Friday, February 12, 2016

A Conversation with Thriller Writer Martin Roy Hill

Omnimystery News: Author Interview with Martin Roy Hill

We are delighted to welcome author Martin Roy Hill to Omnimystery News today.

Martin's second thriller to feature journalist Peter Brandt, The Last Refuge (February 2016 trade paperback and ebook formats), is published later this month and we recently had a chance to catch up with him to talk more about his books.

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Omnimystery News: Introduce us to Peter Brandt. What is it about him that appeals to you as a writer?

Martin Roy Hill
Photo provided courtesy of
Martin Roy Hill

Martin Roy Hill: The protagonist of The Last Refuge is Peter Brandt, a battle-scarred former war correspondent first seen in my novel Empty Places. They say a writer should write the kind of story he enjoys reading, and I've always enjoyed the type of sardonic first-person narratives of writers like Raymond Chandler and Alistair MacLean. I had that in mind when I created Peter for Empty Places — a sarcastic, world-weary anti-hero who rises to the occasion despite his own wishes. In that respect, both Empty Places and The Last Refuge have a noir quality to them.

OMN: How has Peter changed between the time-frames of the two books?

MRH: It's interesting that you ask that question. I recently wrote a piece for my website's blog called "Violence 101: A Primer for Writers" in which I describe mechanisms of injury and how they have lasting effects on their victims. I wrote it in response to what I call "The Mission: Impossible Syndrome", after the movie series in which main character gets blown up all the time with no lasting injuries. I think you fail in character development if your character has no human response to the terrible things he or she has witnessed or endured over time. I shared the blog with my colleagues in Mystery Writers of America and got a very enthusiastic response.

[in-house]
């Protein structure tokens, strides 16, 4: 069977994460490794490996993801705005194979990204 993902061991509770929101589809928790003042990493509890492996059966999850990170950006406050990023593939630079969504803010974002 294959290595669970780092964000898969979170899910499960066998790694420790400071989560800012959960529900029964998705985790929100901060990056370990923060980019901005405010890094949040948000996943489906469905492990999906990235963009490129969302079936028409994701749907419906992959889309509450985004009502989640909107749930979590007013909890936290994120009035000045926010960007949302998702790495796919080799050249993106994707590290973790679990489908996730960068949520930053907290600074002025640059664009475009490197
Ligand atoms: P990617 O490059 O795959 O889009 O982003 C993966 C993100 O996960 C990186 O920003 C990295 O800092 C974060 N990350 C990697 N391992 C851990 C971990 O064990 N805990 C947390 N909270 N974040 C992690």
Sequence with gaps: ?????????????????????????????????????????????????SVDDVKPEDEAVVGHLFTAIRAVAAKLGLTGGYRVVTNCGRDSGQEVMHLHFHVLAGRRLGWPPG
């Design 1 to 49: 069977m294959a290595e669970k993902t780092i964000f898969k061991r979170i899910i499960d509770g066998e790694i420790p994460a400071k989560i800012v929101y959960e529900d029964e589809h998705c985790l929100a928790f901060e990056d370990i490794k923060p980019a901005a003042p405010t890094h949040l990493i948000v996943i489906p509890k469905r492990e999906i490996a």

Empty Places takes place in the late 1980s and Peter has just returned from covering the Reagan administration's proxy wars in Central America where he suffered a severe head injury. Peter suffers from terrible blinding headaches due to the injury as well nightmares and guilt over how the injury occurred. The Last Refuge takes place in 1993, not long after Operation Desert Storm, which Peter also covered as a news service correspondent. His headaches have improved with treatment, but he still has horrible nightmares about the horrors he's witnessed in Central America and Desert Storm, as well as the violence he survives in Empty Places. He's trying hard to make improvements in his life, but it's difficult when he's tortured by bad dreams and guilt.

OMN: How much of your own personal or professional experience have you included in your books?

MRH: Peter Brandt probably has a little more of me in him than any of my other characters. I spent 20 years as a journalist before switching careers and becoming a U.S. Navy analyst in combat casualty care. Like Peter, I started my reporting career as a police reporter for the daily newspaper in Palm Springs, CA, and many of the ghosts he talks about in Empty Places are, in fact, my ghosts — images of the dead and dying that I've seen over the years. Some of the historic events he talks about in both books are events I covered as an investigative journalist. Also, I tend to be a somewhat world-weary, sardonic sort, too.

OMN: How did the books come to be titled?

MRH: All of my book titles are intricately connected to the theme of the book. My book, Duty, is a collection of short stories with the common theme of military service. My military mystery thriller, The Killing Depths, takes place aboard an American submarine and the title refers to both the crushing depths of the ocean and to the dual plot of the book dealing with a submarine chase and a serial killer onboard the submarine itself. My sci-fi novella, Eden, takes place during Operation Iraqi Freedom in an area of Iraq that many researchers believe is the location of the Biblical Garden of Eden.

The theme of Empty Places was how people try to cope with the emptiness in their lives by seeking power of one sort or another, or by seeking oblivion one way or another. The Last Refuge was inspired by the defense industry scandals of the 1980s and early 1990s. The title comes from Samuel Johnson's rebuke of his fellow politicians who hid their greed and corruption behind a veil of patriotic fervor: "Patriotism is the last refuge of a scoundrel."

OMN: Tell us a little more about your writing process.

MRH: I am definitely a plotter. I want to be certain I have a story before I write it. I learned to plot using 3x5 inch index cards, writing down plot points and scenes, then shuffling the cards around to organize them into a coherent plot. Today, I use Scrivener's cork board app to do the same thing. I also always do basic character sketches.